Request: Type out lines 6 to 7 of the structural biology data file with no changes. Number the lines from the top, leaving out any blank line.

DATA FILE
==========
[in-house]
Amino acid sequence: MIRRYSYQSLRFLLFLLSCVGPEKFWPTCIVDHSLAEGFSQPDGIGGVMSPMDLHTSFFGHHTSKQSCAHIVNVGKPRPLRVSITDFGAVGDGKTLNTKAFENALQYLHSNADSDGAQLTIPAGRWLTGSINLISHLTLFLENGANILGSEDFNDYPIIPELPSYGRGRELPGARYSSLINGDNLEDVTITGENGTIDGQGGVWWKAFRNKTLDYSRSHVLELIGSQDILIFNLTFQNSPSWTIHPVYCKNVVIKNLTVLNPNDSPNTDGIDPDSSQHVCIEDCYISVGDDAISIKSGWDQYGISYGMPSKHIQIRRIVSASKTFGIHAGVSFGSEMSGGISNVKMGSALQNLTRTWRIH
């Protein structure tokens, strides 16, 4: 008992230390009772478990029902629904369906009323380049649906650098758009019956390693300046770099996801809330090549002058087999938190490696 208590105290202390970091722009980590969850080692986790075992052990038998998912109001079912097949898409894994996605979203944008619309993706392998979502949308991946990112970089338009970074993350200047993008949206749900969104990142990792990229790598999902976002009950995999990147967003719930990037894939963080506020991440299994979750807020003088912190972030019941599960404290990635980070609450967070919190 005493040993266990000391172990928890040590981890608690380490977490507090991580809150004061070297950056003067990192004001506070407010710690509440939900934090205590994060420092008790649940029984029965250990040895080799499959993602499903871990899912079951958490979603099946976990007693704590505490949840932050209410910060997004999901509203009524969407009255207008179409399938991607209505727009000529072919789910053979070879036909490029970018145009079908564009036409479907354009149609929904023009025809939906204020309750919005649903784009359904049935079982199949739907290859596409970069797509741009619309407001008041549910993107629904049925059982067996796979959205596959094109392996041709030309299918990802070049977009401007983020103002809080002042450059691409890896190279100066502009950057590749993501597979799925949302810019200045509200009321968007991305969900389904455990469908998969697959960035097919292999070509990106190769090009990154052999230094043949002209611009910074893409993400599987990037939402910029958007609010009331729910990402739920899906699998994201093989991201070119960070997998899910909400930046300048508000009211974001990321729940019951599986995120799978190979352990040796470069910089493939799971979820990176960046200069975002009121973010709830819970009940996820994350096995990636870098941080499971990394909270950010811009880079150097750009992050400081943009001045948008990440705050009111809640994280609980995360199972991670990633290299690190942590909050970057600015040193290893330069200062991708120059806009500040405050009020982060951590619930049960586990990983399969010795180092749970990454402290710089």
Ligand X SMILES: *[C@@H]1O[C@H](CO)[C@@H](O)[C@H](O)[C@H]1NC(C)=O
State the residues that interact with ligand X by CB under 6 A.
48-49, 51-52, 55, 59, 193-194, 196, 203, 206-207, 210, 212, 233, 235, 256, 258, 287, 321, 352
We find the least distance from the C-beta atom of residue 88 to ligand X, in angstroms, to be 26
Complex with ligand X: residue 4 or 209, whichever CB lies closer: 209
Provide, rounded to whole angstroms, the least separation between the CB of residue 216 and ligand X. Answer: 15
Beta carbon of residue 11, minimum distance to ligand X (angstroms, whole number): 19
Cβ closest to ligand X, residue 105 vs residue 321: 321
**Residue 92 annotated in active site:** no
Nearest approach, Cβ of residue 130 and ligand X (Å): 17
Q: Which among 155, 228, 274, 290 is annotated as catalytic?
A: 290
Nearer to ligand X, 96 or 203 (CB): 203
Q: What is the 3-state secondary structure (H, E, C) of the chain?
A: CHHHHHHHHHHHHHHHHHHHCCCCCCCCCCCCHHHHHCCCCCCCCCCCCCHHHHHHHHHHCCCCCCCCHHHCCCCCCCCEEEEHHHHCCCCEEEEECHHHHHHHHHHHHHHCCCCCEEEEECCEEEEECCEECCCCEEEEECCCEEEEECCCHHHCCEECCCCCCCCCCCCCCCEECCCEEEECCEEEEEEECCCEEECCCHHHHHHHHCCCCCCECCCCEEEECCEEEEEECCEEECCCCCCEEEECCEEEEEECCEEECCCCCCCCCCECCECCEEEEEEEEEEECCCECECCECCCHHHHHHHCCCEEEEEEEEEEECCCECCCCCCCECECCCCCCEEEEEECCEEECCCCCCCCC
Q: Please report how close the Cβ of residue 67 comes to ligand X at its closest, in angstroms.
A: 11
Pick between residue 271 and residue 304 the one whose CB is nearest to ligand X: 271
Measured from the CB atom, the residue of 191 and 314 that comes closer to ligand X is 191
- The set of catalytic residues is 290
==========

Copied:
48-49, 51-52, 55, 59, 193-194, 196, 203, 206-207, 210, 212, 233, 235, 256, 258, 287, 321, 352
We find the least distance from the C-beta atom of residue 88 to ligand X, in angstroms, to be 26